The collection of drawings by architecture legend Andrea Palladio at the Morgan Library & Museum is a true architectural treat. I was lucky enough to be able to slip away from the office and attend the press preview last Thursday, April 1 (April Fool’s Day no less) to catch a peek.
The Palladio and His Legacy: A Transatlantic Journey exhibition, which is making it’s New York debut, features 31 of the architect’s original drawings from the Royal Institute of British Architects, along with rare architectural texts, to depict Palladio’s career and personal journey through design. The drawings center on ancient Roman architecture, which Palladio studied during his multiple trips to Italy, and highlight his dedication to studying the principles of proportion and stylistic beauty.
Palladio was convinced (and rightly so) that by studying antiquity, he could solve practical design problems of the times. One such example is the need to expand column shafts, which were used to support roofs and overhangs. In one of his drawings, Palldio depicts how the Roman’s were able to extend the shaft with leaf detailing (seen on Corinthian style columns) to add support above the portico.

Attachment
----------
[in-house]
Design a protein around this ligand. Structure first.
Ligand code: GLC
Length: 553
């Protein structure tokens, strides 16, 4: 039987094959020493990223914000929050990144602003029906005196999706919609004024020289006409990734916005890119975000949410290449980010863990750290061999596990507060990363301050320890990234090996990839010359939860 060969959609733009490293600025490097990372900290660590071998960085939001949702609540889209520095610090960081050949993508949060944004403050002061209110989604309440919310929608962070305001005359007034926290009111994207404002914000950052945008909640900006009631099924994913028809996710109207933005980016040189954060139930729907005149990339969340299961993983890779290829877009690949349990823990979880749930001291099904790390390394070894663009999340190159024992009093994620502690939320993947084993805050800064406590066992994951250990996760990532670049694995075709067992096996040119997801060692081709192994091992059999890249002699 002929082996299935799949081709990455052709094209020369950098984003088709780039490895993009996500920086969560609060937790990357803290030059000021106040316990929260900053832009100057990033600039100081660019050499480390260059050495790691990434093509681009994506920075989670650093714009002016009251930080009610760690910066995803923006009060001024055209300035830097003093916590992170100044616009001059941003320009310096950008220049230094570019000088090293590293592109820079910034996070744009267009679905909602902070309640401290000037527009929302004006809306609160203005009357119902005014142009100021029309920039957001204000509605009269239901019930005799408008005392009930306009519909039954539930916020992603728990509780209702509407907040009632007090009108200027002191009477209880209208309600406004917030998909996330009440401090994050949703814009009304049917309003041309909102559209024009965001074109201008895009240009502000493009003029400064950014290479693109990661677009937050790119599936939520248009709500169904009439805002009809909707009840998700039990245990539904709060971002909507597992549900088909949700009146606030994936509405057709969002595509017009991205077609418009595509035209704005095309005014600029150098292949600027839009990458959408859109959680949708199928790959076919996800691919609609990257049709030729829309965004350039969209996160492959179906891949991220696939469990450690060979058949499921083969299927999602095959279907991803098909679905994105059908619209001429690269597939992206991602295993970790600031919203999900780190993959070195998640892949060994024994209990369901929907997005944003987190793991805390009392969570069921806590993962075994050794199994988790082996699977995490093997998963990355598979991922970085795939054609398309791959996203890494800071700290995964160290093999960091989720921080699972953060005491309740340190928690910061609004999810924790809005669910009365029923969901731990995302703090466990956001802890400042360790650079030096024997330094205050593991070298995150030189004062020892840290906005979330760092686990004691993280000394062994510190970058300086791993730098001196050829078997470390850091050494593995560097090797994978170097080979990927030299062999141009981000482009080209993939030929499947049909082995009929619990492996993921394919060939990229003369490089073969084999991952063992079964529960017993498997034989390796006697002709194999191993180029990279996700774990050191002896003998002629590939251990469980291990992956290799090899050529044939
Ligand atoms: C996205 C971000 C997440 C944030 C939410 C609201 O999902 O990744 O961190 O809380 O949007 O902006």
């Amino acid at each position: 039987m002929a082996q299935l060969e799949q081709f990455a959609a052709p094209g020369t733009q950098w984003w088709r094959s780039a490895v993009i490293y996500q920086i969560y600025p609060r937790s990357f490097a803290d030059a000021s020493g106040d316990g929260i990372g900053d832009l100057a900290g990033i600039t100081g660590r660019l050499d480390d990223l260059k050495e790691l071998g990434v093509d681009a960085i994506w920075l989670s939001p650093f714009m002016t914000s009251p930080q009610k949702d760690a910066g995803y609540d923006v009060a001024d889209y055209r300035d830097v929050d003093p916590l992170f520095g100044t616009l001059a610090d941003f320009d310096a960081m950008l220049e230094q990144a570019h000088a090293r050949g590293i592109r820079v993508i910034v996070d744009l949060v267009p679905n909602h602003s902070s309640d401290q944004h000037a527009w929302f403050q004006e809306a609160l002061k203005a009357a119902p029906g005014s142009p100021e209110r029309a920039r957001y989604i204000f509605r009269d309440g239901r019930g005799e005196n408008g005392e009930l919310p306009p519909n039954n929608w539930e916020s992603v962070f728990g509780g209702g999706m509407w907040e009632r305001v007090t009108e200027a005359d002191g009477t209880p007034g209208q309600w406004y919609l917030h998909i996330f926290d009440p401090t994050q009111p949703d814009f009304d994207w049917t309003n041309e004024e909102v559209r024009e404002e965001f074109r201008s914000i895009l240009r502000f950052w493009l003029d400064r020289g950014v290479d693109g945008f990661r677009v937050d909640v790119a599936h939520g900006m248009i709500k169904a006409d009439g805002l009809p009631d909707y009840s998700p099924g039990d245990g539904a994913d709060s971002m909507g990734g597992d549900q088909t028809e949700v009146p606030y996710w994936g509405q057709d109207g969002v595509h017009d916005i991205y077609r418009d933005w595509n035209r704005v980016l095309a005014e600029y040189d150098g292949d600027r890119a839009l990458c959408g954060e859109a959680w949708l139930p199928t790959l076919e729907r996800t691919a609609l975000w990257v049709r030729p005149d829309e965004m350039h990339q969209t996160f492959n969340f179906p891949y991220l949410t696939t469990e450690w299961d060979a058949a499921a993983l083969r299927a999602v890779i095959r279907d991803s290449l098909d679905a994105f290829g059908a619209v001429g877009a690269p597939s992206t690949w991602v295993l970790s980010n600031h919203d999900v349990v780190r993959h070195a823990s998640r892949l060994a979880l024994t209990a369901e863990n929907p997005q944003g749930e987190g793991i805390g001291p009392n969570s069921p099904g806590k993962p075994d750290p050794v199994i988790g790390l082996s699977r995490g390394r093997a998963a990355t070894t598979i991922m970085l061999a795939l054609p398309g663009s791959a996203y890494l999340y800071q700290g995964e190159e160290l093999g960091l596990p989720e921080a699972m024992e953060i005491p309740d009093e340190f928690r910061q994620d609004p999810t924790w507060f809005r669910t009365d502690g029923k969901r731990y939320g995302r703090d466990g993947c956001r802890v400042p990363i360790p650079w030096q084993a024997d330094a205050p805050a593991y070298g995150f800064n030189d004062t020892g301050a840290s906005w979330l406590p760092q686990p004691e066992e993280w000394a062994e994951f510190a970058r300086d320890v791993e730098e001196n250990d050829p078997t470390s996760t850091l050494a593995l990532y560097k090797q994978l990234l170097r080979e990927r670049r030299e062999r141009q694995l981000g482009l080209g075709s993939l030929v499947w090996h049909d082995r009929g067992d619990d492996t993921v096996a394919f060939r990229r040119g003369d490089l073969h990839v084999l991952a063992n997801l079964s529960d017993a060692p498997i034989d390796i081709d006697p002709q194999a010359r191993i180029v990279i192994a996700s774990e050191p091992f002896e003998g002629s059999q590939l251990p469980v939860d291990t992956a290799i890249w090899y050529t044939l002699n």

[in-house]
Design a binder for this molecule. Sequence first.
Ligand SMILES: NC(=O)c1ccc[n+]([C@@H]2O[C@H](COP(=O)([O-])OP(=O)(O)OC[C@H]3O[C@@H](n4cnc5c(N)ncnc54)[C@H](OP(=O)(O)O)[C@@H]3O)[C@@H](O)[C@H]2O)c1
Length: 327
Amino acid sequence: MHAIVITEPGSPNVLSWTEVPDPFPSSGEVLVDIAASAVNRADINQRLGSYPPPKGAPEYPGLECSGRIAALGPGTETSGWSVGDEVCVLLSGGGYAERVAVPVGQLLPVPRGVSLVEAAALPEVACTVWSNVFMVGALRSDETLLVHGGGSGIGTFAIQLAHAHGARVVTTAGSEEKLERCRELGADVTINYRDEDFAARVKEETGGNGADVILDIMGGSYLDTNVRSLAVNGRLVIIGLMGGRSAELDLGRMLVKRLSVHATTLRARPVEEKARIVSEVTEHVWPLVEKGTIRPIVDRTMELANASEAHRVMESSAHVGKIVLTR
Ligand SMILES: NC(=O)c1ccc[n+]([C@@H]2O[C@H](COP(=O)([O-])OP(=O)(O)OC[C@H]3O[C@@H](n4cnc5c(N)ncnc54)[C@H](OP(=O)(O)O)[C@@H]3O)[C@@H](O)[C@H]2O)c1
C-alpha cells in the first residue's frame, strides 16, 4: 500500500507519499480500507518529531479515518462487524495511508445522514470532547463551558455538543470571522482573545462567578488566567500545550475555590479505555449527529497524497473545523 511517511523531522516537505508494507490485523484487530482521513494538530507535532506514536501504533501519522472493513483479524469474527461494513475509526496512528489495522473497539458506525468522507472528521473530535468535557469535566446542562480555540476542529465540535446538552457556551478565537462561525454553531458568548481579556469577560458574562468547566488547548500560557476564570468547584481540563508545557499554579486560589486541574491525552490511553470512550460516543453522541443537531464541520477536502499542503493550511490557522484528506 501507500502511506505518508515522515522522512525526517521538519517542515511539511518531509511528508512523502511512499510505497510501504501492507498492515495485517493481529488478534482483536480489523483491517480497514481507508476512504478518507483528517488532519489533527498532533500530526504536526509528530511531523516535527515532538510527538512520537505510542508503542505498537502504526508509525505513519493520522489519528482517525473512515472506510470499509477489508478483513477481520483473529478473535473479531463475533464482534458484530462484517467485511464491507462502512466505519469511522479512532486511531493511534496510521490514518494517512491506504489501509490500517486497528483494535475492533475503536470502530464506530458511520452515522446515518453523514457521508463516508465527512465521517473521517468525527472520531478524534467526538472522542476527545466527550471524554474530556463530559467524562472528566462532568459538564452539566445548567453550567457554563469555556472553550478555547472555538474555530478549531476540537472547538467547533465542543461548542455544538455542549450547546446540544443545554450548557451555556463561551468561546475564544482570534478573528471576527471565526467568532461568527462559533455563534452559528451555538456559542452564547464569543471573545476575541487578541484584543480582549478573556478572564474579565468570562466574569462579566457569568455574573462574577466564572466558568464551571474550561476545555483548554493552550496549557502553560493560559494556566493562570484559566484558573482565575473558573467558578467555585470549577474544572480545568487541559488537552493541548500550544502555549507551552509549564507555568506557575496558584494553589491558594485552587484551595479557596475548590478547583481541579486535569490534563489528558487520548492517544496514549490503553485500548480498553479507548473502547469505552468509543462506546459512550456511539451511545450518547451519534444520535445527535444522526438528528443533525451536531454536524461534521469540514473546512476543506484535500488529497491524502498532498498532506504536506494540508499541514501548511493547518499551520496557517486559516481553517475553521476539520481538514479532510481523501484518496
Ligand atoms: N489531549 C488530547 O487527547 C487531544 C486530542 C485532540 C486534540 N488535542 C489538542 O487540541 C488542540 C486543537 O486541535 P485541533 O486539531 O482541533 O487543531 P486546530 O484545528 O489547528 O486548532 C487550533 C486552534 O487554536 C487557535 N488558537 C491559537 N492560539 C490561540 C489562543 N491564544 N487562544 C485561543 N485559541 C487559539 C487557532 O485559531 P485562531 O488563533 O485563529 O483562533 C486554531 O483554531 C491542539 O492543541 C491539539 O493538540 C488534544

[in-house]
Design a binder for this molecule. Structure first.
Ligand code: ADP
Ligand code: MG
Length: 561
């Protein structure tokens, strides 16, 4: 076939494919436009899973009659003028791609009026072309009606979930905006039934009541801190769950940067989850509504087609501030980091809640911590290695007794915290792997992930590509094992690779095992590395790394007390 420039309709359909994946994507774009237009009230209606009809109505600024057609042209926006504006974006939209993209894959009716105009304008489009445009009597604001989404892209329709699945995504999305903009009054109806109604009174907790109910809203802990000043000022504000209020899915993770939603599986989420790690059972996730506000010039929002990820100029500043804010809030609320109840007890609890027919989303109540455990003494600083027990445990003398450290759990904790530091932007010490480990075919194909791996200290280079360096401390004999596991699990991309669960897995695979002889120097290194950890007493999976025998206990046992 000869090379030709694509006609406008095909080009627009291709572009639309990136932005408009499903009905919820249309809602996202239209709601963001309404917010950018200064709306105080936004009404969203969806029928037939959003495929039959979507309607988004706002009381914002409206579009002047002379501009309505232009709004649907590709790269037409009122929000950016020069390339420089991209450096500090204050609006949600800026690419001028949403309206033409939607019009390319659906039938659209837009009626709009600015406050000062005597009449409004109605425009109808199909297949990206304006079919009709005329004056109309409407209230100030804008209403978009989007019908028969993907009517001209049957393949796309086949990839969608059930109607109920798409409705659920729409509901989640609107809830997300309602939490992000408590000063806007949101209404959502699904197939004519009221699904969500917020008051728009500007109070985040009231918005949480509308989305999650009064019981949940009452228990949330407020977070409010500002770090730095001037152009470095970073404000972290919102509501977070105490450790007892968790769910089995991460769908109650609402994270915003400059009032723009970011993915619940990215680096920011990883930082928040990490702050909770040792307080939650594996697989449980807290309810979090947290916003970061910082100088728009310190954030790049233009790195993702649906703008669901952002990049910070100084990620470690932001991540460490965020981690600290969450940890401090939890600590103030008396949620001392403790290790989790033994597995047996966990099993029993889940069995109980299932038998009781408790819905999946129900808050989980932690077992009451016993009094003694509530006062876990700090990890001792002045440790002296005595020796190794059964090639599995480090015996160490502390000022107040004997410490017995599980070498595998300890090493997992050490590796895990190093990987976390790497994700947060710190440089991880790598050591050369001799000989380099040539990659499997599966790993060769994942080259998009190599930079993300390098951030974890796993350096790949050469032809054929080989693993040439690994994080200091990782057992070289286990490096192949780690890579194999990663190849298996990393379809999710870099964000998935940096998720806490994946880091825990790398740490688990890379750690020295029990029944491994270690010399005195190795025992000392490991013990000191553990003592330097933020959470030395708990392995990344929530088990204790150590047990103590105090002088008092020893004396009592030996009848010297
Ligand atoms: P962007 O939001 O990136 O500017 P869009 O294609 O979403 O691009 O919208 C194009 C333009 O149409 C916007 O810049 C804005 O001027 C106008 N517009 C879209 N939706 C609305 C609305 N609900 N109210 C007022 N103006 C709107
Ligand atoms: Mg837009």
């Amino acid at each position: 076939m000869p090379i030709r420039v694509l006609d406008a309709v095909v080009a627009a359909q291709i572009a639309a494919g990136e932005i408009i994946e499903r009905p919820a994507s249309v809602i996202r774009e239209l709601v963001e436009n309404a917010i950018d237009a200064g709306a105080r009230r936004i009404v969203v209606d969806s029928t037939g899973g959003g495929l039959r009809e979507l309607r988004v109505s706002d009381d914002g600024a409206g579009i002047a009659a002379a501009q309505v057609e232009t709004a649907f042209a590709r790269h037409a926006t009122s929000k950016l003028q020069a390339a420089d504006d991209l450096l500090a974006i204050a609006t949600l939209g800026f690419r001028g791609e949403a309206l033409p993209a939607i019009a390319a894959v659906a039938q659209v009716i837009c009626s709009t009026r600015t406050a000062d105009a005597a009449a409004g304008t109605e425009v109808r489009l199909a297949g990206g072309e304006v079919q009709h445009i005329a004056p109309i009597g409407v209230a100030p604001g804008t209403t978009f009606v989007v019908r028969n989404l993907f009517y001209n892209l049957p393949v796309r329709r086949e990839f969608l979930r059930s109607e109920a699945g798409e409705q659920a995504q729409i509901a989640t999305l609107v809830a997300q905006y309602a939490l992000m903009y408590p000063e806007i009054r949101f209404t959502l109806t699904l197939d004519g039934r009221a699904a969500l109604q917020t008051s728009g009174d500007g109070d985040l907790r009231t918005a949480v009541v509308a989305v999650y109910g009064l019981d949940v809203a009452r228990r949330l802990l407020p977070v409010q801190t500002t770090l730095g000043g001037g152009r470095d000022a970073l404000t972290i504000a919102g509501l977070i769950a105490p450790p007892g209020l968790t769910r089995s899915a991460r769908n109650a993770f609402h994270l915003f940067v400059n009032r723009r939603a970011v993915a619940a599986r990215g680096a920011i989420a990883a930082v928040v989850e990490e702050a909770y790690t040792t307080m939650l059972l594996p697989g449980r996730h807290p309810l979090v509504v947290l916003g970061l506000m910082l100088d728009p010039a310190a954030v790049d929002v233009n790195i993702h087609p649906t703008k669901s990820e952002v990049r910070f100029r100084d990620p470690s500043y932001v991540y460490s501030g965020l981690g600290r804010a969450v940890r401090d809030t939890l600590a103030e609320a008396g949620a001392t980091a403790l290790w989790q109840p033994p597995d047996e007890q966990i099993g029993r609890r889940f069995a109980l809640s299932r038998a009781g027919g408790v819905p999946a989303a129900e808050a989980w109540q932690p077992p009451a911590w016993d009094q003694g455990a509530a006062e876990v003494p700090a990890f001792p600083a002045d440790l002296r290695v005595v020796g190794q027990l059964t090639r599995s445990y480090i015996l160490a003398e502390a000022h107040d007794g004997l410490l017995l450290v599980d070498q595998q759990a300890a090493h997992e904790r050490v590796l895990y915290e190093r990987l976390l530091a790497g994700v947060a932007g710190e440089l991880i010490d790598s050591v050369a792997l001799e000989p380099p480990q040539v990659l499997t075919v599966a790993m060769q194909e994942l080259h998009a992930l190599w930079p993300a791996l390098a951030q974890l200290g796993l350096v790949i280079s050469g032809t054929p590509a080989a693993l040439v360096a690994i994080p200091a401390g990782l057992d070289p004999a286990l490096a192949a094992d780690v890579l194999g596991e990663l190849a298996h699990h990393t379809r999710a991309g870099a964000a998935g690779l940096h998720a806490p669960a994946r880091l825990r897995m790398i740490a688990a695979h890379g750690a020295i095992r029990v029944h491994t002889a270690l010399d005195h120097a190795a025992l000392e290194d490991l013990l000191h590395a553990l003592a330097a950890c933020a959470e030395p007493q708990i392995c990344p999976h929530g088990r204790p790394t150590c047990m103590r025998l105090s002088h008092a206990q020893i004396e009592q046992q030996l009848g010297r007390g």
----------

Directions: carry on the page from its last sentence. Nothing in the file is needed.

What really fascinated me (not already being familiar with Palladio in the least) is the vast influence this architect had on American architecture. The exhibit featured small models of buildings from colonial times to the present day that represent American Palladianism, such as the Pantheon, Villa Rotunda, and Jefferson's unrealized design for the White House.
The exhibit is open to the public and will run through August 1. Lecture and discussions on the exhibit will be held periodically, with a schedual available at themorgan.org